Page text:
Another piece that had captured my eye was the Dogu. The Dogu came out of the middle to late Jomon period (14000 to 4000 BCE) in Japan, a society of hunters and gatherers. The Dogu are some of the most intriguing works I have ever come across. Much like the Venus of Willendorf, the Dogu are not alone. There has said to be approximately 18,000 Dogu that have been found in Japan, with 2,000 being found in the Iwate Prefecture.

The Dogu are separated into four categories: The heart-shaped, the horned owl, the goggle-eyed, and the pregnant woman. By looking at the Dogu, it might be challenging to categorize them as they are (sometimes) a mixture of human and animal characteristics.

The Dogu are found placed at grave circles of the Japanese. They have very intricate patterns and shapes made onto them; some believe it may have been influenced by Islamic art. It is said that the different Dogu that are placed at the grave are the links to the afterlife, and what they are to become. Some believe that much like the Sumerian culture, the Dogu are used to worship a higher power or practice shamanic rites. Some believe that because of the broad shoulders and lengthy waist area that the Venus of Willendorf and the Dogu are both used to restore faith and hope to those who are fertile, or who are looking to bear children as at this time, as childbirth death rates were at an all-time high.

One piece of the Dogu that made me really analyze it is its breasts. At first glance, I wasn’t too sure what I was looking at. With the broad shoulders and big arms and legs, I thought I was looking at a man. I had to look twice and I finally noticed its tiny breasts. Nowadays, our society is known for “big cosmetic surgeries," be it big breasts, big lips, big bottom, you name it. So I can understand why some might mistake it for a man. The small breasts may also be a physical trait that the Jomon women had.

Another characteristic I liked about the Dogu was the overall build. Now, knowing that the Dogu is a female, I now admire the fact that she is quite broader. This could be because the Jomon people are hunters and that was how they perceived their women.

The most powerful part, I believe, about the Dogu is its ability to mislead, while also letting the viewer make their own choices on how they perceive the Dogu and what they think it is. The image of the Dogu can be quite misleading to some, but that is what I like about it.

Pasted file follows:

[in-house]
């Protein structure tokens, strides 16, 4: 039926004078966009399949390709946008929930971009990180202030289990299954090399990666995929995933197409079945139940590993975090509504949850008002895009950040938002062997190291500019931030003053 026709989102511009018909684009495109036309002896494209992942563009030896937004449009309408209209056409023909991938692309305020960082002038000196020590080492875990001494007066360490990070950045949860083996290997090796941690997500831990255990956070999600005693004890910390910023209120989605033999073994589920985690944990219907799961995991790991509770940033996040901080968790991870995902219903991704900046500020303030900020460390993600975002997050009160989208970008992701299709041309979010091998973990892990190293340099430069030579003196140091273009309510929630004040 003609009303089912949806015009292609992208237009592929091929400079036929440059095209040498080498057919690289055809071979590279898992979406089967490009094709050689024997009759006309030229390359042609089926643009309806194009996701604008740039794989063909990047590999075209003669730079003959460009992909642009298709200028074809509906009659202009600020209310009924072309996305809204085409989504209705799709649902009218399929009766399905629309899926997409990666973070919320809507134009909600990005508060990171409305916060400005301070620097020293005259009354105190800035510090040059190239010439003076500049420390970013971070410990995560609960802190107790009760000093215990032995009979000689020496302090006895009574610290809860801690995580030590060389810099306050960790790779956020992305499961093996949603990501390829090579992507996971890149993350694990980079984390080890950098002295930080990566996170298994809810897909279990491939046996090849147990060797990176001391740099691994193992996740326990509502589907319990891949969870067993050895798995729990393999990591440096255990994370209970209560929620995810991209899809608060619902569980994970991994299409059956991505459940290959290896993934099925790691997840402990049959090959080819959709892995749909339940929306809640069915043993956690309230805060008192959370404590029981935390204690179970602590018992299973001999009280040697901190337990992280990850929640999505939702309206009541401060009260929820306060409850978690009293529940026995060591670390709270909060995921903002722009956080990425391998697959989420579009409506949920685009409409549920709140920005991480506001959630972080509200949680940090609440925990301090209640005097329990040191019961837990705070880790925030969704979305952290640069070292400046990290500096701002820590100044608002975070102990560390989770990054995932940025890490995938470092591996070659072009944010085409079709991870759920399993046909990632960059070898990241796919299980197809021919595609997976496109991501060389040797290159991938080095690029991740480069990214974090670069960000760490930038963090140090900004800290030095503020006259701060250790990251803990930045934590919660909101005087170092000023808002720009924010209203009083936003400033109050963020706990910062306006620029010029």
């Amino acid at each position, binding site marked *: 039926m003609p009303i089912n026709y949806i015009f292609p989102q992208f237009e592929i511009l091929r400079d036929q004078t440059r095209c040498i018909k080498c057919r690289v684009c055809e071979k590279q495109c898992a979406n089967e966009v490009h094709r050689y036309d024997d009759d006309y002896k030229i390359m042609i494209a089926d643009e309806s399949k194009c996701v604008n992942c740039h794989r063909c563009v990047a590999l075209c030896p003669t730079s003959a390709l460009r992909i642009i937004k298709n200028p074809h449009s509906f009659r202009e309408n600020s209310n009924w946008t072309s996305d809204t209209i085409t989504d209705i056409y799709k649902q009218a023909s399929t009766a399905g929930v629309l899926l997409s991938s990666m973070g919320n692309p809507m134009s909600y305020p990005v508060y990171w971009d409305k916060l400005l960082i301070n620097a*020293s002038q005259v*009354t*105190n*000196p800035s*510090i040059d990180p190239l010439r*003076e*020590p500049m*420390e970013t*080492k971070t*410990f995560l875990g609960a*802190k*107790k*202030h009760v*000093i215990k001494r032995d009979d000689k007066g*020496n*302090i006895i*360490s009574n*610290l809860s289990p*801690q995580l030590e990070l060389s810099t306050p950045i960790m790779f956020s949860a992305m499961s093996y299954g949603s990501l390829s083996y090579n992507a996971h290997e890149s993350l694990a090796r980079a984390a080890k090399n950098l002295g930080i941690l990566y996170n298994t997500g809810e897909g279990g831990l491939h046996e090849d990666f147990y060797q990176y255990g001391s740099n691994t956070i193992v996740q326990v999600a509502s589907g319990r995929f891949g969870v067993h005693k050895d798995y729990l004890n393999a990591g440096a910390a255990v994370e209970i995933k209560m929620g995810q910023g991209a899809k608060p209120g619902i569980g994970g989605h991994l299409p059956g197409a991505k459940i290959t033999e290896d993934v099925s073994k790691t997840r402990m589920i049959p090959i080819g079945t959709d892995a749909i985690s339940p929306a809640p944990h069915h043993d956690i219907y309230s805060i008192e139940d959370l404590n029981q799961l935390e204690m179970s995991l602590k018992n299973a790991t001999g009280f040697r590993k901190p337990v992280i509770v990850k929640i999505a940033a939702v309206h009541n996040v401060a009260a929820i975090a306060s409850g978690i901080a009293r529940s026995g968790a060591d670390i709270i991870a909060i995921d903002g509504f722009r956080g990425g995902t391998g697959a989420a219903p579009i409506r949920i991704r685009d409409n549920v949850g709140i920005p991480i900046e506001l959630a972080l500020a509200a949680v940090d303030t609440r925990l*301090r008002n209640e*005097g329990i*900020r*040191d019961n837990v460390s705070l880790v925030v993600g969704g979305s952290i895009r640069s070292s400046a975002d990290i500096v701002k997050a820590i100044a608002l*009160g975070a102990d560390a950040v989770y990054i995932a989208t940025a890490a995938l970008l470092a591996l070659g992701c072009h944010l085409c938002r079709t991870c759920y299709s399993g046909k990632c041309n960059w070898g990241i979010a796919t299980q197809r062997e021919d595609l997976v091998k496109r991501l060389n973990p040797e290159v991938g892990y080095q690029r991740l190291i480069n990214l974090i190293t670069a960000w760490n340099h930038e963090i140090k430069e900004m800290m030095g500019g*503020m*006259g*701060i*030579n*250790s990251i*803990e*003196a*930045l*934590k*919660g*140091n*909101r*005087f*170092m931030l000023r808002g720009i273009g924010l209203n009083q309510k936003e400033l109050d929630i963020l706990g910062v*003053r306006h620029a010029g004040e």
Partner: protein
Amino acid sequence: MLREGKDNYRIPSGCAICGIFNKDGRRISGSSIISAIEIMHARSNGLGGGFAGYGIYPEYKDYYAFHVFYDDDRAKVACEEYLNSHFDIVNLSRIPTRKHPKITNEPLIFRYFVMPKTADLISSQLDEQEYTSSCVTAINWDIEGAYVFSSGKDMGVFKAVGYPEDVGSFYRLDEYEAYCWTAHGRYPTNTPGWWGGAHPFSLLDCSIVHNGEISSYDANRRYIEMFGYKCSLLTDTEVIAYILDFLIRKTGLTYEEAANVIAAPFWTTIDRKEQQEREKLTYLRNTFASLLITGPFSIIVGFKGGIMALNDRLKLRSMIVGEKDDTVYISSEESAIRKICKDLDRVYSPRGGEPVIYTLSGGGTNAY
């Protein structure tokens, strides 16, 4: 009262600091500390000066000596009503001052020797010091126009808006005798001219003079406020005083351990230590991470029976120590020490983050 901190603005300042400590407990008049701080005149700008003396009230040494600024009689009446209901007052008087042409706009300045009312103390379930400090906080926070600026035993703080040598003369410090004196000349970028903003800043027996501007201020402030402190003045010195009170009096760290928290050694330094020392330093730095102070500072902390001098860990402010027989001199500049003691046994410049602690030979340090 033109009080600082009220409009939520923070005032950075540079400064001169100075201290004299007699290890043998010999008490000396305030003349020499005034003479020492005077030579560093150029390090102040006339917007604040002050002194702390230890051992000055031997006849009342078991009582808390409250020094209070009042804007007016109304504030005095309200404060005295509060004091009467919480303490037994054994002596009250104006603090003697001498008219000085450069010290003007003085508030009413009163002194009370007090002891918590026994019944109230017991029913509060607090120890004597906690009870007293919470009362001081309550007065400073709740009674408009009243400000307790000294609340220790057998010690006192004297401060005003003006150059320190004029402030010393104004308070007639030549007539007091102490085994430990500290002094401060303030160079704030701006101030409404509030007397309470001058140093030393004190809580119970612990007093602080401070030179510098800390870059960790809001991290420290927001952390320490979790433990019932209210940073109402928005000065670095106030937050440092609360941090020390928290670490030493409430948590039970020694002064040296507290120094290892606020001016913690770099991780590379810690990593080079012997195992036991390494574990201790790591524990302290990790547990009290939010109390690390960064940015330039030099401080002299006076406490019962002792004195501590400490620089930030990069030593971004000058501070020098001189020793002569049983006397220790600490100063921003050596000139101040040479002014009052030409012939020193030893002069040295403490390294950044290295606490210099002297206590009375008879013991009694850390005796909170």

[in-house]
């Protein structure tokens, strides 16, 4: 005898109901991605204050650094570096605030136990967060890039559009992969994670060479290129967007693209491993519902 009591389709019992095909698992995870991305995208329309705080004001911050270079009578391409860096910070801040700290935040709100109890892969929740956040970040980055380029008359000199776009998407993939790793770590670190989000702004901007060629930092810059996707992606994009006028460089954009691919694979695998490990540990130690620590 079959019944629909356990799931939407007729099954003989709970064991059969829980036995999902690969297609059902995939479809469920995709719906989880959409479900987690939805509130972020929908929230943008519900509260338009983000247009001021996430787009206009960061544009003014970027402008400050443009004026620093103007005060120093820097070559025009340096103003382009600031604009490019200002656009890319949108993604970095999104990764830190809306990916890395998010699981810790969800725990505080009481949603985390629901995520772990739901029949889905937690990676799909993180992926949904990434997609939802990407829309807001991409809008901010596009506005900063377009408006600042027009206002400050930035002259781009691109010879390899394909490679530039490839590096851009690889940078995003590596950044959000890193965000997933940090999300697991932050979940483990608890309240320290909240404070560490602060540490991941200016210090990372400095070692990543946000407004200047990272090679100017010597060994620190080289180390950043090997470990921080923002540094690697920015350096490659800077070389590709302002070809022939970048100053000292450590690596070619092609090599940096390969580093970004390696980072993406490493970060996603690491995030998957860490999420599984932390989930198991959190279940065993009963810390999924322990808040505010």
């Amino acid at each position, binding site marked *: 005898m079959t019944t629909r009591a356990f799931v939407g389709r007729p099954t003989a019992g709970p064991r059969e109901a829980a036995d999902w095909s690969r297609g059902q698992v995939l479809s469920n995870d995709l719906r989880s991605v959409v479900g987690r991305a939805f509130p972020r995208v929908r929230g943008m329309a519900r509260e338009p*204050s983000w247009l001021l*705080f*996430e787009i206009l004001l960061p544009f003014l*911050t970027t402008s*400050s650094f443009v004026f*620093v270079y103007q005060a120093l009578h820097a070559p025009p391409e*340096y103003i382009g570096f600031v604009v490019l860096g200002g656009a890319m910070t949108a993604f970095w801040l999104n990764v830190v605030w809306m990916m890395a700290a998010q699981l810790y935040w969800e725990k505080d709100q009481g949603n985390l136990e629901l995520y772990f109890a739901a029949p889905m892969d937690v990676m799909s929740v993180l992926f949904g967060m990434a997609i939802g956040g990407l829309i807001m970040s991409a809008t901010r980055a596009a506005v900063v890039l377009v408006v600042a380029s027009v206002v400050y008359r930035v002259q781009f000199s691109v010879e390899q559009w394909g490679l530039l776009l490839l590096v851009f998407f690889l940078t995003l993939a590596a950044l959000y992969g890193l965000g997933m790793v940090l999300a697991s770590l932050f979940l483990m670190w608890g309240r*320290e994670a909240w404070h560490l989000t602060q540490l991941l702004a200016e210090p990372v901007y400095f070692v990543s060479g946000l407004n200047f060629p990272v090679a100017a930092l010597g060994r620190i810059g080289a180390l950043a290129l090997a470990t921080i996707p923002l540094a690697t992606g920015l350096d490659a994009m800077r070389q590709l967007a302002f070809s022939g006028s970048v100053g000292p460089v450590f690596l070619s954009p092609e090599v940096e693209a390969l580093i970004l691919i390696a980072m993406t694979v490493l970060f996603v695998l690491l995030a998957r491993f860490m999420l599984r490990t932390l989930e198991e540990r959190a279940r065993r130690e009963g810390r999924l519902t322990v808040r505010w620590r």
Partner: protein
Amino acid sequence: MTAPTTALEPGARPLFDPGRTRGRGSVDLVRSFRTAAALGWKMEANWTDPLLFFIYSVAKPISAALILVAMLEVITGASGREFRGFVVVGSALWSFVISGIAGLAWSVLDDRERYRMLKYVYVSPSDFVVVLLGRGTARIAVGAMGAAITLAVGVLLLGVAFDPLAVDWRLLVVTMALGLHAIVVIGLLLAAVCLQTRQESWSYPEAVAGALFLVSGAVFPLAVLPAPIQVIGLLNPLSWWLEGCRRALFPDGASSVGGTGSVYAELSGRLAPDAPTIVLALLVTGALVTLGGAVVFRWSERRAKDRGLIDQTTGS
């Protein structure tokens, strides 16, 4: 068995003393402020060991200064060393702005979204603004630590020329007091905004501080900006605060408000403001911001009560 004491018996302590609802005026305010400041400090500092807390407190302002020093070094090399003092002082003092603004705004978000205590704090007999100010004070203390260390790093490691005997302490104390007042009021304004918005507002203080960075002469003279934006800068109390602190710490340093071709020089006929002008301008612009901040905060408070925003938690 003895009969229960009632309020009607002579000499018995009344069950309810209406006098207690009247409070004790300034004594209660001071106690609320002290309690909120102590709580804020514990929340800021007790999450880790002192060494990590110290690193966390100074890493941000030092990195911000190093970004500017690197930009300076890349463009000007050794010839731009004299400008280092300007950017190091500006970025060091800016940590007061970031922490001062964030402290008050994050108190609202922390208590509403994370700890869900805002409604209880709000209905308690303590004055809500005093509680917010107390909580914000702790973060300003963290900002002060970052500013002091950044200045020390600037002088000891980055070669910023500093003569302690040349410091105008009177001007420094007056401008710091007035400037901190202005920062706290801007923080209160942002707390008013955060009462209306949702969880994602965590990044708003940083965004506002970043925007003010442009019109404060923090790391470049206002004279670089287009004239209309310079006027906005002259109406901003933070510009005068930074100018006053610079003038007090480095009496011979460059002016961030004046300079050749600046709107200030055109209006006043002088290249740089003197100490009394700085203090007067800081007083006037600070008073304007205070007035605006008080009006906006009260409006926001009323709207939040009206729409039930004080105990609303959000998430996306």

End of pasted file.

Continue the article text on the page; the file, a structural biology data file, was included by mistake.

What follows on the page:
The last piece I'd like to mention is the bust of Nefertiti. Nefertiti was the Queen of Egypt and the partner of King Akhenaten. Her bust was created around 1340 BCE, discovered by German archaeologists around 1912 in the studio of Thutmose. It is said that this bust is just a model as the found oter busts, masks and models of Nefertiti in the studio.

Unlike the Venus of Willendorf and the Dogu, this piece is focused primarily on the head. It seems that the artist created Nefertiti exactly how she looked, but then corrected her appearance to go according with their culture’s beauty ideals.

What I really found beautiful about about Nefertiti is her craftsmanship. Created with a limestone core and an added plaster layer overtop, the artist gave the viewers a flawless and much younger Queen with less facial lines and a subtle bone structure. We can see that Nefertiti had been beautifully painted with rich colors, seeing fragments of blues, reds, and greens all over the bust.


In conclusion, the term "woman" cannot be defined. I believe the reasoning behind society continuously creating art about women cannot be summed up in one answer. One of the answers is beauty. Beauty cannot be defined, as we all have our own definition of the word based on our own experiences, values, and beliefs. Our perception of the female figure also differs from person to person, which is another reason I believe why women as an art subject will be never ending. One might find something or someone extremely beautiful when others may not. Another reason is imitation. As Augustine believes that images and/or actors are “lies and are not the real thing.” With that being said, the artists creating works of women are not giving us the real woman which they base their work off of but their own imitation of it. Looking at these works really got me to admire the craftsmanship more, as well as learning about the different cultures and practices, and how those have an impact on how they view women to give me a deeper appreciation for their differences.


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Vasile Stef